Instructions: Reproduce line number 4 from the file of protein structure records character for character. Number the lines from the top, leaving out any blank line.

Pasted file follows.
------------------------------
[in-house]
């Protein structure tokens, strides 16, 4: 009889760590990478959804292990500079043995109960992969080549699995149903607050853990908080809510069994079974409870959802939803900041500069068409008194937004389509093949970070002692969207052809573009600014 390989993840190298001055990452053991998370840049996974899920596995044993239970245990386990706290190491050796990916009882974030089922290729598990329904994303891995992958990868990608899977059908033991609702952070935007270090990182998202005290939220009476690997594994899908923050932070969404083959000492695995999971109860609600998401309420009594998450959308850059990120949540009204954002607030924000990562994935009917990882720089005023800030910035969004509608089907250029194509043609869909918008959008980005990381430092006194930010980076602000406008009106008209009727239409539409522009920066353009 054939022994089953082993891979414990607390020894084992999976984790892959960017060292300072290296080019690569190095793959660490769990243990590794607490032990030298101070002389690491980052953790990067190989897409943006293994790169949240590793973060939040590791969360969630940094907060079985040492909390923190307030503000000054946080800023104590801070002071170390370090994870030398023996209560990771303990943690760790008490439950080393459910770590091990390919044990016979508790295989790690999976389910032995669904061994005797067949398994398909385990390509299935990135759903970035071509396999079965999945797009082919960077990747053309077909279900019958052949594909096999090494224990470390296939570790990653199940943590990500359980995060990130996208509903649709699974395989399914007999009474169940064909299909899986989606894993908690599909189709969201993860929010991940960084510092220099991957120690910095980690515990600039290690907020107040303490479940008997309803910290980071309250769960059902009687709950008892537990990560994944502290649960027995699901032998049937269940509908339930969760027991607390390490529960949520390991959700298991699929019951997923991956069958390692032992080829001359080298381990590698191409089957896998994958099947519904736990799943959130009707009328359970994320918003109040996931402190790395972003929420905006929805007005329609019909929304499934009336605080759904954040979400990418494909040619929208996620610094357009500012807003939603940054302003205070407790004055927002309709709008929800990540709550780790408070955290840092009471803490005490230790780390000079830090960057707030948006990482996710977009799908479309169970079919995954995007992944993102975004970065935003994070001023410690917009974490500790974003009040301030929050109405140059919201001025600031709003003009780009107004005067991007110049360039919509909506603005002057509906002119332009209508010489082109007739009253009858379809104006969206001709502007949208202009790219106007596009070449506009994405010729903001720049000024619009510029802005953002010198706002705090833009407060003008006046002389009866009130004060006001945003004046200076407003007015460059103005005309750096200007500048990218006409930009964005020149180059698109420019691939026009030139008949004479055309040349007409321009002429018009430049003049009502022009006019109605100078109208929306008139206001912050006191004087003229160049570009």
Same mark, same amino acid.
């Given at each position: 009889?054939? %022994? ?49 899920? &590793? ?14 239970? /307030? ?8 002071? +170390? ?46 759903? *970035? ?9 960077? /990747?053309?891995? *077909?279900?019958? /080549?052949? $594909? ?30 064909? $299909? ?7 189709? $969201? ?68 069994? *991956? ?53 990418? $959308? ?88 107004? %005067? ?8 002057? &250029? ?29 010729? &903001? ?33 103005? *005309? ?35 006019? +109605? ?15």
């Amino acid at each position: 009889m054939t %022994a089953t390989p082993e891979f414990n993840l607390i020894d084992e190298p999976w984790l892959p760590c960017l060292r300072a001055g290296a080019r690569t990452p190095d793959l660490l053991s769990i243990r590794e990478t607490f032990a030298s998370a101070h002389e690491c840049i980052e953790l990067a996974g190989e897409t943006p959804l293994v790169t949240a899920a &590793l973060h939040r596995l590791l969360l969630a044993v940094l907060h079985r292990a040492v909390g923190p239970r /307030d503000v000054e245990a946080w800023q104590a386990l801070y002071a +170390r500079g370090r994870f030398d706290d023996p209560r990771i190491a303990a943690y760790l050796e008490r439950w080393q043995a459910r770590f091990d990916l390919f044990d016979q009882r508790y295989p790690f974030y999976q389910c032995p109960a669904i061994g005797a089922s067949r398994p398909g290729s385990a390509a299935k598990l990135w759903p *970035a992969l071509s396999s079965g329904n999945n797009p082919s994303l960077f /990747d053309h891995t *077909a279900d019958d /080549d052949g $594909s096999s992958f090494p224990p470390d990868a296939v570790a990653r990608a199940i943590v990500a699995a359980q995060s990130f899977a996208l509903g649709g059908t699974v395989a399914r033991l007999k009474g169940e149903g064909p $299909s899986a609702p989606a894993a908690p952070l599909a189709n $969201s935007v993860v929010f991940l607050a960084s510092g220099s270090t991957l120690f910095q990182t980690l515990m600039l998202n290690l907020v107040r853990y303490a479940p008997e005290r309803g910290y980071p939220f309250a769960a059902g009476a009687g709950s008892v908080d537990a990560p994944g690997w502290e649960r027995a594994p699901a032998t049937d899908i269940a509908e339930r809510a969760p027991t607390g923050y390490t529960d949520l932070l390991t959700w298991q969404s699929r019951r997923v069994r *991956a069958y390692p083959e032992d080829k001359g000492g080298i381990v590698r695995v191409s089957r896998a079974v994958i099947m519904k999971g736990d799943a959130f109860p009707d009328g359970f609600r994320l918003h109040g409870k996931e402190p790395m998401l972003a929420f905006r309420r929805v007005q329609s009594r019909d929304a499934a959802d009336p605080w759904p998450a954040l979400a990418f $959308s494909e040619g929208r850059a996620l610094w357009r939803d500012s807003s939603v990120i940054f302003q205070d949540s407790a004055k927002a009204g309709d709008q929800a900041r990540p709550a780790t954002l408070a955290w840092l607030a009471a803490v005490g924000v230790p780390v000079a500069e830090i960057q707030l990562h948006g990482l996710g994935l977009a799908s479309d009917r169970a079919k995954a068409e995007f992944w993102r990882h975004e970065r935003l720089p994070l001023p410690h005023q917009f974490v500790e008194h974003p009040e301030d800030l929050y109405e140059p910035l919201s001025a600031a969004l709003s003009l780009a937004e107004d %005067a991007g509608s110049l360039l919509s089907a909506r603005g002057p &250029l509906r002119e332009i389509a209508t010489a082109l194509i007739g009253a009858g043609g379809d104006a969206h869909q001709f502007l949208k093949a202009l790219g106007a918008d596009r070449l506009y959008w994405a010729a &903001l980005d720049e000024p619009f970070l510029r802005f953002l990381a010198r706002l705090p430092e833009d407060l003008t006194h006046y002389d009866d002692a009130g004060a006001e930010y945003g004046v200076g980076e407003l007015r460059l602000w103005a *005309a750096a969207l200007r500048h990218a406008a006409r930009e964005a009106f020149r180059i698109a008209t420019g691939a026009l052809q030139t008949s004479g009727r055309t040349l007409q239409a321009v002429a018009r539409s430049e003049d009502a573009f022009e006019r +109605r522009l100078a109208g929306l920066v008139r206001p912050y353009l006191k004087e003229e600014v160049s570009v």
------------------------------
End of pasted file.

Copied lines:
């Given at each position: 009889?054939? %022994? ?49 899920? &590793? ?14 239970? /307030? ?8 002071? +170390? ?46 759903? *970035? ?9 960077? /990747?053309?891995? *077909?279900?019958? /080549?052949? $594909? ?30 064909? $299909? ?7 189709? $969201? ?68 069994? *991956? ?53 990418? $959308? ?88 107004? %005067? ?8 002057? &250029? ?29 010729? &903001? ?33 103005? *005309? ?35 006019? +109605? ?15």